Well, I wasn’t familiar with CRT, but I could see the combinatorial explosion coming (many of last year’s problems took the form “do this simple thing and get the result of iteration 20” followed by “now get the result of iteration eleventy billion and three”). So I was looking up modular arithmetic on Wikipedia and that took me to CRT, at which point (a) I read the bit that said “nobody does it by stepping” and (b) I poked CPAN and found I had a module which would do it already installed.

If I’m reading your code correctly, your step is the lcm of all the routes that were correct (and they should therefore all remain correct at the next step). Makes sense to me.

I try not to look at the Reddit thread before solving unless I am completely stuck.

day 15 part 2

This one felt like bait for people going for the scoreboards (which, since the problems come out at about 5am my time, I’m not doing). 3×10⁷ is only about 1.5×10⁴ times larger than 2020, so if my part-A code ran in 0.015s (which it did) the same code should solve part B in ~200s (less, because that includes startup time). Which is probably faster than I can write something cleverer, so I’ll at least fire it off while I’m looking at the pattern of results and thinking about the problem

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Day 15, part 2

Yeah, when I got to part 2, I thought to myself “oh great, another day 13 part 2”, thinking it was going to be a O-notation measuring contest like d13p2 was… But my naïve solution would have solved it in about 3 minutes. Still, in the spirit of the challenge, I refactored, lost the full history/retention, and just memo’d the most recent position of all terms seen

Honestly, I was a lot happier with how they presented d15p2 as a challenge than I was with d13p2

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Day 13 part 2 again

Yep, exactly. Compute the least common multiple of all the buses that were valid for the current timestamp and use that as the new timestamp step.

I was so flabbergasted that it worked I didn’t even optimize to not recalculate the same set of valid routes each time (theoretically, the ones I’ve already optimized for will always be valid now, meaning it’s just keep recalculating the same thing until another route is valid.

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Day 16 part 2 marks the first challenge where I just couldn’t brain enough to complete before my brain shut down around midnight:30 (about an hour and a half after it was released).

I think the problem was that I saw the part 2 challenge coming but I ended up getting bogged down in a slight misunderstanding of part 1 (I was counted each instance only once, rather than every time it occurred… I interpreted the challenge 1 way, it was intended the other way… and the language is still vague and, if you ask me, they should have included an example that used a duplicate invalid number) and my subconscious brain was, all the while, silently panicking about how to solve for the inevitable part 2.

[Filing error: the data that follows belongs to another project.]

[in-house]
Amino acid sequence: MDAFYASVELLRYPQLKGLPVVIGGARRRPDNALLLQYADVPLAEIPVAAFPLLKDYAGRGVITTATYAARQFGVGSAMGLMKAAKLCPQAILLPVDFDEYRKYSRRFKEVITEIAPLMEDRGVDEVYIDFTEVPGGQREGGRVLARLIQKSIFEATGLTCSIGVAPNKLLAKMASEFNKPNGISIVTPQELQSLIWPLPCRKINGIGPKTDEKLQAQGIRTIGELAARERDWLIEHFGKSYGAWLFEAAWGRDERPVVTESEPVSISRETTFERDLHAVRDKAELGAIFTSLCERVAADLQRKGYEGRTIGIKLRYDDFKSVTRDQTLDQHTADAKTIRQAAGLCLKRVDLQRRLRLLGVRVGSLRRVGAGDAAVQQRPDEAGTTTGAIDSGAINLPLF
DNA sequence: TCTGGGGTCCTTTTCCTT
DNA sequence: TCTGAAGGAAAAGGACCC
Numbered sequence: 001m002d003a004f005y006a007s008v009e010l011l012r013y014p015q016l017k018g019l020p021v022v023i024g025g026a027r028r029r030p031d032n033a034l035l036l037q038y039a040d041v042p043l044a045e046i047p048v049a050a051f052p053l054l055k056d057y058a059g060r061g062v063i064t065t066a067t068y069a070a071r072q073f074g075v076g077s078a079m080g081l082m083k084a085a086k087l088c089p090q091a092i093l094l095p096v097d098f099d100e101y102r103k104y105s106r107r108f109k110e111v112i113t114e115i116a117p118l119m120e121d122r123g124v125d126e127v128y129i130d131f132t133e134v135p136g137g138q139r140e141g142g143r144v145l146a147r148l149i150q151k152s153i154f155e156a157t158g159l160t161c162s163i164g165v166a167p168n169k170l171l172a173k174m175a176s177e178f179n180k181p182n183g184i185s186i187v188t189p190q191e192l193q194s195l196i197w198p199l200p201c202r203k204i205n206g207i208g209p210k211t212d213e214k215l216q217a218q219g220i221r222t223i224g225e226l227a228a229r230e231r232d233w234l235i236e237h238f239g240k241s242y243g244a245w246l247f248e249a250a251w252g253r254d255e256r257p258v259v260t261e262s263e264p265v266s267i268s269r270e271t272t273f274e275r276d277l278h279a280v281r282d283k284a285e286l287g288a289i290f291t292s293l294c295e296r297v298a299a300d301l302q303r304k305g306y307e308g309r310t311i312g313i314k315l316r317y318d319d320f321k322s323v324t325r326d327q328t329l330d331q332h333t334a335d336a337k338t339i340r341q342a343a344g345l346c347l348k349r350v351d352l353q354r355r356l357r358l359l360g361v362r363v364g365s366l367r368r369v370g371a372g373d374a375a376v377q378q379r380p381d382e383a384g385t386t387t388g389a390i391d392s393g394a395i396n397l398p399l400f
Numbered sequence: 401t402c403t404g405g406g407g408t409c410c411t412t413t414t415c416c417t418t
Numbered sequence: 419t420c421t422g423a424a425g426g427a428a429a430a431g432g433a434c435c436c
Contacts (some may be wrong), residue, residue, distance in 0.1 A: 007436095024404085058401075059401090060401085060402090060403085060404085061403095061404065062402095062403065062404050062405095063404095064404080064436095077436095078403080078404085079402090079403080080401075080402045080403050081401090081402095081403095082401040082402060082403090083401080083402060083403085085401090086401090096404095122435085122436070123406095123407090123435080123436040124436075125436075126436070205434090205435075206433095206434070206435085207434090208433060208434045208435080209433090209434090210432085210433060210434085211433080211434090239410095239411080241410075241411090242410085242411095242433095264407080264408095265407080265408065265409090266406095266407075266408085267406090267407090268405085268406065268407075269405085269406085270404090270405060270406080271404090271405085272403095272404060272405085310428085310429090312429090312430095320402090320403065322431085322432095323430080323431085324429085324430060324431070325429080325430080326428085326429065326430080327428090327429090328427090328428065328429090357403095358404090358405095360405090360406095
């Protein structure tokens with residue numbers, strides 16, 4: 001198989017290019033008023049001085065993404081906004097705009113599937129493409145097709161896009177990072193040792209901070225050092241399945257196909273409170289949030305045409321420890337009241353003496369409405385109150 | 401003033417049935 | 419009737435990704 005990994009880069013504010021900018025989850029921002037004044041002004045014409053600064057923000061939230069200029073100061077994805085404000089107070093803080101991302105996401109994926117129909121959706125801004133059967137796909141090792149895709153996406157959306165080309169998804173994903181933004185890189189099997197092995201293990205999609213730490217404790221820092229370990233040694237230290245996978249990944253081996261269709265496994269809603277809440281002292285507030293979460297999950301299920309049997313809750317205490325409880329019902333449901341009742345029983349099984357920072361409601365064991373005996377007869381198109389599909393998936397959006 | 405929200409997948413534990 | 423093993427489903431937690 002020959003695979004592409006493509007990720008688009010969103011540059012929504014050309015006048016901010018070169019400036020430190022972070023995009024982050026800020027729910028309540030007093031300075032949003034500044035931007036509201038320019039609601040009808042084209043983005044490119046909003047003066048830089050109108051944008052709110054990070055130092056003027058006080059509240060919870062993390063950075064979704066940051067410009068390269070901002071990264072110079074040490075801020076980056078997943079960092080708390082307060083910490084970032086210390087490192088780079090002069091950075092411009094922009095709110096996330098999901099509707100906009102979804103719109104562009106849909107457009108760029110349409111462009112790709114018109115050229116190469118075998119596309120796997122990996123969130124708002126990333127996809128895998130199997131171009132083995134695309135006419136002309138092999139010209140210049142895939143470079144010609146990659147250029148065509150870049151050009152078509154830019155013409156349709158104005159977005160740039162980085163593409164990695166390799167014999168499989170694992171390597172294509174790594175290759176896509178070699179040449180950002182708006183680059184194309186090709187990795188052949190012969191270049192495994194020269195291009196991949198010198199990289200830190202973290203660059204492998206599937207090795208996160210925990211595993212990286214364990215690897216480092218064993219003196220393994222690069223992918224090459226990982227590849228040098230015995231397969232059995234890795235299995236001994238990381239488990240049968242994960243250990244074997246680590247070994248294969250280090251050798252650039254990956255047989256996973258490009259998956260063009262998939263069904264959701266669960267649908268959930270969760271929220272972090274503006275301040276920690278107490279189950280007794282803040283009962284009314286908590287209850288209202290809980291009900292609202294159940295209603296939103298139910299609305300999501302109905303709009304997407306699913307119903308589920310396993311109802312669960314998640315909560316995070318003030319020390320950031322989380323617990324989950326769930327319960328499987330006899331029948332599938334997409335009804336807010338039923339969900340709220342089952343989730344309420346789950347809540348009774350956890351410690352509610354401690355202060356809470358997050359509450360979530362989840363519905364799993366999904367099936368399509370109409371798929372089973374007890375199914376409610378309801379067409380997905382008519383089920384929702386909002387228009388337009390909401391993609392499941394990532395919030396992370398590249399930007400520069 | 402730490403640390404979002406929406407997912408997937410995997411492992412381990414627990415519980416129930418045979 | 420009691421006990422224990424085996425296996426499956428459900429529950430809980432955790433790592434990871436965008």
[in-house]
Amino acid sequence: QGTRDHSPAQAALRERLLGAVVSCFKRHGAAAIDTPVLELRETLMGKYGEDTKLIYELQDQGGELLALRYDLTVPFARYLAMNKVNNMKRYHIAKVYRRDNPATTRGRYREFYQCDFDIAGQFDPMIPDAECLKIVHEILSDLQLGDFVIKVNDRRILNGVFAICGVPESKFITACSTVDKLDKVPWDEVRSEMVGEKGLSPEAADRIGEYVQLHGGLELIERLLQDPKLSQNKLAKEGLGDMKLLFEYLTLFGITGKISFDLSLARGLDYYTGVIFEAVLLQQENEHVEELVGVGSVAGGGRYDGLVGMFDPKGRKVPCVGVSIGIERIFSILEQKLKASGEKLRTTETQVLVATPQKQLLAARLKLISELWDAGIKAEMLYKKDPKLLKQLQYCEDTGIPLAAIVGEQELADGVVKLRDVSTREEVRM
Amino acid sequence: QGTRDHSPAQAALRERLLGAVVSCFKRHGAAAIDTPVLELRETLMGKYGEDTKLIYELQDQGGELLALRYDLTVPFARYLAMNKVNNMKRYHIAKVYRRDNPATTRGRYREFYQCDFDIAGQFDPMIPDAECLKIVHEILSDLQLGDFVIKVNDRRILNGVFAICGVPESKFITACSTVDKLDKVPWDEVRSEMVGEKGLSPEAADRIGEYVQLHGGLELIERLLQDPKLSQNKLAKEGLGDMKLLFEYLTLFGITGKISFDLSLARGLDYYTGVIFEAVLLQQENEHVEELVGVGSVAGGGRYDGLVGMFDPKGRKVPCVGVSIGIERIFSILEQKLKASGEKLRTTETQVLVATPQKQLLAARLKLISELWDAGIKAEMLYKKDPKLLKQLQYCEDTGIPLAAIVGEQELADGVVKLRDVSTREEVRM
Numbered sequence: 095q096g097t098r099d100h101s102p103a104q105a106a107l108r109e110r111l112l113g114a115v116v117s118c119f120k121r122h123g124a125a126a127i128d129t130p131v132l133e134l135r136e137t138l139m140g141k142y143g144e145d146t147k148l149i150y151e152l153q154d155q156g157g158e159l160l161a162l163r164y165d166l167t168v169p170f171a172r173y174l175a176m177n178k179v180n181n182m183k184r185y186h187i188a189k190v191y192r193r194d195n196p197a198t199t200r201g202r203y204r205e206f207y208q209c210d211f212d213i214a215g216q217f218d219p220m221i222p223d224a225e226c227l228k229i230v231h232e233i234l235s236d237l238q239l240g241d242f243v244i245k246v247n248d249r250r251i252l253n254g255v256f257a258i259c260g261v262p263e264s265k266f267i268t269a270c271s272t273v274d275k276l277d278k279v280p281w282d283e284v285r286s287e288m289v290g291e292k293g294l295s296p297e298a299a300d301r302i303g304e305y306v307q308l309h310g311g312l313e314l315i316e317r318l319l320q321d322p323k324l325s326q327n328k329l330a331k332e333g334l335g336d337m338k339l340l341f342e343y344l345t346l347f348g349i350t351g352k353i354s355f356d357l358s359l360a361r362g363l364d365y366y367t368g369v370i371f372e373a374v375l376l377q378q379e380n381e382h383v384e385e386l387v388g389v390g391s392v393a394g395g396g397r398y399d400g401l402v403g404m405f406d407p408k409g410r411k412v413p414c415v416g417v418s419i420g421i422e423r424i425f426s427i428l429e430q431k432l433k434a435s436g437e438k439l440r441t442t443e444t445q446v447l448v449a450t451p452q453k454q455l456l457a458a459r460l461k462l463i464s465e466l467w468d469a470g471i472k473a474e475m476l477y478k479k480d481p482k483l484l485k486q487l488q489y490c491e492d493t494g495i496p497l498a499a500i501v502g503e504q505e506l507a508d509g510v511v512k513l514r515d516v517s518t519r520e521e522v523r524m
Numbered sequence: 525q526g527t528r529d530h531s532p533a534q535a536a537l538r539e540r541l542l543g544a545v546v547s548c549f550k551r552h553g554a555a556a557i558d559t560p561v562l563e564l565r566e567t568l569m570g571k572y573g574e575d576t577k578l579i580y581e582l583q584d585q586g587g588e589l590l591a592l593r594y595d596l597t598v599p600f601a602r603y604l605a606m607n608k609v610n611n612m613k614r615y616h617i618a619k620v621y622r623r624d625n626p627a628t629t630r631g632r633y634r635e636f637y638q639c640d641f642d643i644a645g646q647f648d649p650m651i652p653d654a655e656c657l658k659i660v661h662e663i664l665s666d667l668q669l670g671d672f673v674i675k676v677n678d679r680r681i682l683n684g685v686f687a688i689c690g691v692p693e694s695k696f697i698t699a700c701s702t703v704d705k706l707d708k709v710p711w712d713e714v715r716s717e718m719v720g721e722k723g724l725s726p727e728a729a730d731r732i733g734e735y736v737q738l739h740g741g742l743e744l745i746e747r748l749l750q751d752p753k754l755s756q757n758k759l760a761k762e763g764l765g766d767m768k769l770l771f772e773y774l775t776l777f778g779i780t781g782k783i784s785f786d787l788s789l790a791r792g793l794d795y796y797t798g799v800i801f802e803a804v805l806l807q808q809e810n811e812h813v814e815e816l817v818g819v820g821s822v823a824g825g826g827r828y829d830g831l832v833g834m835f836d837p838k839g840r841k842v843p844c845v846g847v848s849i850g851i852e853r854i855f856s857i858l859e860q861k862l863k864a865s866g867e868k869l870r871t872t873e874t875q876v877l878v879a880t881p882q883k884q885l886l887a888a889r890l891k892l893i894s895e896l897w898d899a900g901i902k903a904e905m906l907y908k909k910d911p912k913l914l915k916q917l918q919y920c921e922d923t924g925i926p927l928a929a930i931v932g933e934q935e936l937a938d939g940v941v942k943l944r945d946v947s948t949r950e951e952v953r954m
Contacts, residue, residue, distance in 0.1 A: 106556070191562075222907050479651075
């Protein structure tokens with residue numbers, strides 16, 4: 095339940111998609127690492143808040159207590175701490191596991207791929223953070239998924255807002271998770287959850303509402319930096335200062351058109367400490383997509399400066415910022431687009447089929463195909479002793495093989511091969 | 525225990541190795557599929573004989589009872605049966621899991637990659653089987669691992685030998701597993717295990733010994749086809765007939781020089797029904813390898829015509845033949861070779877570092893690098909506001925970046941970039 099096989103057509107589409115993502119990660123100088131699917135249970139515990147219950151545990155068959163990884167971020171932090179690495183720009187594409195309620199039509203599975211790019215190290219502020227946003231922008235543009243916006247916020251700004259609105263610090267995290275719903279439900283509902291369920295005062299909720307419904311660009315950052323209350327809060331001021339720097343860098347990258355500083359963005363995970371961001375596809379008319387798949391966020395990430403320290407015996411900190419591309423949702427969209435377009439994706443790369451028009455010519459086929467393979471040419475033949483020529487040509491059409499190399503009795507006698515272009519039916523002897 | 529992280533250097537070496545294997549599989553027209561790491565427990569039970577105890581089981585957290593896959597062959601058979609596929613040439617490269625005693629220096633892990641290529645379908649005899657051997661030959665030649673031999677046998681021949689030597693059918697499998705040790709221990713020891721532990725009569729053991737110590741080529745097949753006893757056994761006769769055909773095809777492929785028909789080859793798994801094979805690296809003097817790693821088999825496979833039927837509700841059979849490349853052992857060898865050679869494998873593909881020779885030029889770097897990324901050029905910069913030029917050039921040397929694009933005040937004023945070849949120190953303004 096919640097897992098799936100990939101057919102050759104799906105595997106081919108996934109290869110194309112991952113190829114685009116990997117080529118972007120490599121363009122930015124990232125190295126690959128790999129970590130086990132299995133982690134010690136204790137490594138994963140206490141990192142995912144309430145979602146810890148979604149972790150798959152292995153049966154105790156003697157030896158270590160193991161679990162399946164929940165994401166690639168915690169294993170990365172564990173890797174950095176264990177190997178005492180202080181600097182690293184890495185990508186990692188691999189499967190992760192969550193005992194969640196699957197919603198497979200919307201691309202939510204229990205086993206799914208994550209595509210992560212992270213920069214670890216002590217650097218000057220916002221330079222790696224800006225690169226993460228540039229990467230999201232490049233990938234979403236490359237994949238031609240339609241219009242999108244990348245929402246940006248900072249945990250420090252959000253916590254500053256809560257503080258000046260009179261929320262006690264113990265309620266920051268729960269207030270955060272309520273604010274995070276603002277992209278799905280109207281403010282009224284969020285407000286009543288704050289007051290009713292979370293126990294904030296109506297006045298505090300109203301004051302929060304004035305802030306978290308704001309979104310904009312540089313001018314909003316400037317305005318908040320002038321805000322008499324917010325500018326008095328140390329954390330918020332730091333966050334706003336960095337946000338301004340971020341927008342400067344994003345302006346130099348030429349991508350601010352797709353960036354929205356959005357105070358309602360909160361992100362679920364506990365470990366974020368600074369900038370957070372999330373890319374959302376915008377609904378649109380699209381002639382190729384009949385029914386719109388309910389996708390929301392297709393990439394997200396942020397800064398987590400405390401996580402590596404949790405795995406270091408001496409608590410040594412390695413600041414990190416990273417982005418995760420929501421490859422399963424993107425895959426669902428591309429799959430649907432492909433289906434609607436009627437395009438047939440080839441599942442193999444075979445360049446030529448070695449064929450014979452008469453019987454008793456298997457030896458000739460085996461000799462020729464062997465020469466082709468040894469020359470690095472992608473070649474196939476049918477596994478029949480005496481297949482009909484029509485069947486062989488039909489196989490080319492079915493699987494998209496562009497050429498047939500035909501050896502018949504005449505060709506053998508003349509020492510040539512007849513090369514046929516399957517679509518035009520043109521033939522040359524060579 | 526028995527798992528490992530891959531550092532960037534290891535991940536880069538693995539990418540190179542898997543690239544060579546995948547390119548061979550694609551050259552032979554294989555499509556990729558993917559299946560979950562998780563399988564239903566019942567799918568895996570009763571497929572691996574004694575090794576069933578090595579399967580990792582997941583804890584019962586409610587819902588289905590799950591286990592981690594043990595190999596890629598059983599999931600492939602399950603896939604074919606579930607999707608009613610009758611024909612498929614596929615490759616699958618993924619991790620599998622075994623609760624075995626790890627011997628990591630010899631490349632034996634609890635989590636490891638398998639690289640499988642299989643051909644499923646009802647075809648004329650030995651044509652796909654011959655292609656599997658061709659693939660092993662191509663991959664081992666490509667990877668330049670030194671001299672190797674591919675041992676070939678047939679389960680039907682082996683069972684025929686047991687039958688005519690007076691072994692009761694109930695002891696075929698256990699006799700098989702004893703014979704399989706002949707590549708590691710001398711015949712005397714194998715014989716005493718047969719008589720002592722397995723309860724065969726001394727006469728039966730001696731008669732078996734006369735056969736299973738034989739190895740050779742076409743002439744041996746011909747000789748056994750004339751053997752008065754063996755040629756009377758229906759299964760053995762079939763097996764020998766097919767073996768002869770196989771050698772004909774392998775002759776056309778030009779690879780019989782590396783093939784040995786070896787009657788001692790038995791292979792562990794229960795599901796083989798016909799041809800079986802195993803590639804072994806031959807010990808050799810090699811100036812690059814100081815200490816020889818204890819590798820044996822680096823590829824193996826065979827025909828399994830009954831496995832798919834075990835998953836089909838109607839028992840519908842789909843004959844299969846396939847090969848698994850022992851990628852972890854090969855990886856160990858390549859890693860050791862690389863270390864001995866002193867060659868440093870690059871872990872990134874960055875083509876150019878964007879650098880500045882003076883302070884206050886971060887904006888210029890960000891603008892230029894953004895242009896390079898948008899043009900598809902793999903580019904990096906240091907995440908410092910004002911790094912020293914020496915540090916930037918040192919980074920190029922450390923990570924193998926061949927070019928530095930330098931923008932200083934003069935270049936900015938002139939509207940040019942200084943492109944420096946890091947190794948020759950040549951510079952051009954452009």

So, by the time I read the part 2 challenge, I was already convinced I didn’t have the brainpower required for the solution.

This morning, after taking my kids shopping for some Christmas gifts for my partner, I sat down and typed out a crude-yet-effective solution to part 2 without hardly having to think about it at all (probably because my subconscious spent all night mulling it over)

I rather liked 16; I didn’t see the ambiguity you did so I just steamed on ahead with it. Part 2 reminded me of Sudoku-solving code I’ve written, but fortunately in both the test data and my live set I only needed to write a single solver-rule

Huh, spoilers aren't working

(if there’s only one field that can match key K, remove the other keys from that field’s listing)

that could be applied repeatedly. (I assume this was deliberate.)

17 caused me to groan a bit because I am, as Johnson didn’t put it, tired of Life. I was expecting part 2 to be "now do iteration $MANY", but as it turned out it only needed a minor tweak to my existing code.

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Day 17 is the first time I didn’t solve the challenge before going to bed. Mostly because I was stubborn and refused to back down and take a different approach. I’m sure now that I have slept, it’ll come along a bit easier

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Yeah, me too. I also groaned when I realized I would be solving for “it’s Life! But in infinite 3D space!”

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Yeah, it turns out my implementation was fine. This was a good example of why you shouldn’t write important code late at night; I fell into the classic if test1 or test2 and test3 snare… it should have been if (test1 or test2) and (test3)

But, while toiling away, oblivious to that particular problem, I did some optimization (still too stubborn to give up on my initial approach… which was justified in the end).

And then Part 2 was a bit of s/(x,y,z)/(x,y,z,w)/ and then being thankful that my initial approach utilized sparse data mapping with aggressive culling

(a or b) and c
a b c ((a ∨ b) ∧ c)
a or b and c
a b c (a ∨ (b ∧ c))
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17.1, 17.2